Given a version number MAJOR.MINOR.PATCH, increment the:
- MAJOR version when you make incompatible API changes,
- MINOR version when you add functionality in a backwards-compatible manner, and
- PATCH version when you make backwards-compatible bug fixes.
Additional labels for pre-release and build metadata are available as extensions to the MAJOR.MINOR.PATCH format.
In the world of software management there exists a dread place called “dependency hell.” The bigger your system grows and the more packages you integrate into your software, the more likely you are to find yourself, one day, in this pit of despair.
In systems with many dependencies, releasing new package versions can quickly become a nightmare. If the dependency specifications are too tight, you are in danger of version lock (the inability to upgrade a package without having to release new versions of every dependent package). If dependencies are specified too loosely, you will inevitably be bitten by version promiscuity (assuming compatibility with more future versions than is reasonable). Dependency hell is where you are when version lock and/or version promiscuity prevent you from easily and safely moving your project forward.
As a solution to this problem, I propose a simple set of rules and requirements that dictate how version numbers are assigned and incremented. These rules are based on but not necessarily limited to pre-existing widespread common practices in use in both closed and open-source software. For this system to work, you first need to declare a public API. This may consist of documentation or be enforced by the code itself. Regardless, it is important that this API be clear and precise. Once you identify your public API, you communicate changes to it with specific increments to your version number. Consider a version format of X.Y.Z (Major.Minor.Patch). Bug fixes not affecting the API increment the patch version, backwards compatible API additions/changes increment the minor version, and backwards incompatible API changes increment the major version.
I call this system “Semantic Versioning.” Under this scheme, version numbers and the way they change convey meaning about the underlying code and what has been modified from one version to the next.
Why Use Semantic Versioning?
This is not a new or revolutionary idea. In fact, you probably do something close to this already. The problem is that “close” isn’t good enough. Without compliance to some sort of formal specification, version numbers are essentially useless for dependency management. By giving a name and clear definition to the above ideas, it becomes easy to communicate your intentions to the users of your software. Once these intentions are clear, flexible (but not too flexible) dependency specifications can finally be made.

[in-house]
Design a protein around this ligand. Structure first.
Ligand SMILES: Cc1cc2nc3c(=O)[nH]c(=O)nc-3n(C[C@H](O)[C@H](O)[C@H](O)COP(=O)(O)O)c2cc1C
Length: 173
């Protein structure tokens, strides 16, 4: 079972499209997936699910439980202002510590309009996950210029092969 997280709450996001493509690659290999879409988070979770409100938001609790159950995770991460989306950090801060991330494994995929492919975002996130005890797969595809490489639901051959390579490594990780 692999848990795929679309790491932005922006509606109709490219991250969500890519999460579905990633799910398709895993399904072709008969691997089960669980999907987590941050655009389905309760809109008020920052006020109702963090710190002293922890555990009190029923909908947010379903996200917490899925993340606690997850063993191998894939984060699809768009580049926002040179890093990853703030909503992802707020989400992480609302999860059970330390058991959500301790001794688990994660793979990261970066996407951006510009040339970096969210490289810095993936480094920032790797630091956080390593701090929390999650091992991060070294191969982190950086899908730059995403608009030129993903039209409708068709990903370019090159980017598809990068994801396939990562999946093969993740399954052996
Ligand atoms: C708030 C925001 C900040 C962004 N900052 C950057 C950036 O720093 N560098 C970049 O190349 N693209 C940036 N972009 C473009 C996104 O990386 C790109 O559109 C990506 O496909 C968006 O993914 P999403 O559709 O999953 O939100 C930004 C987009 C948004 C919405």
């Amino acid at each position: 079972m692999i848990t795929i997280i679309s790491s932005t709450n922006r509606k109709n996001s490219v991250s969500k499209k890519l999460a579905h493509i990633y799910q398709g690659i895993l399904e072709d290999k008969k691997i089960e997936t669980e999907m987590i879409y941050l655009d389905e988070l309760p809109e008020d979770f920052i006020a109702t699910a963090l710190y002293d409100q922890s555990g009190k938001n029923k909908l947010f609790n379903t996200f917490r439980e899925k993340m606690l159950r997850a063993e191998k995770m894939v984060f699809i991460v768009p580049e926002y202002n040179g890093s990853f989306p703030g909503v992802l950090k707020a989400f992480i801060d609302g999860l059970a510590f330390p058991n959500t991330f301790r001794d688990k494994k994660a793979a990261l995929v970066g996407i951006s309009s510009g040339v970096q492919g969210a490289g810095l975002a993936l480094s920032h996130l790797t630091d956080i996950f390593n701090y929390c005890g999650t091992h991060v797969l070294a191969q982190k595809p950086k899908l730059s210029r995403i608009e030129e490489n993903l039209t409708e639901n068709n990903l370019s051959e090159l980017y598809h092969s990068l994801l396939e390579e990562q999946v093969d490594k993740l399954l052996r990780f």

A simple example will demonstrate how Semantic Versioning can make dependency hell a thing of the past. Consider a library called “Firetruck.” It requires a Semantically Versioned package named “Ladder.” At the time that Firetruck is created, Ladder is at version 3.1.0. Since Firetruck uses some functionality that was first introduced in 3.1.0, you can safely specify the Ladder dependency as greater than or equal to 3.1.0 but less than 4.0.0. Now, when Ladder version 3.1.1 and 3.2.0 become available, you can release them to your package management system and know that they will be compatible with existing dependent software.
As a responsible developer you will, of course, want to verify that any package upgrades function as advertised. The real world is a messy place; there’s nothing we can do about that but be vigilant. What you can do is let Semantic Versioning provide you with a sane way to release and upgrade packages without having to roll new versions of dependent packages, saving you time and hassle.
If all of this sounds desirable, all you need to do to start using Semantic Versioning is to declare that you are doing so and then follow the rules. Link to this website from your README so others know the rules and can benefit from them.
How should I deal with revisions in the 0.y.z initial development phase?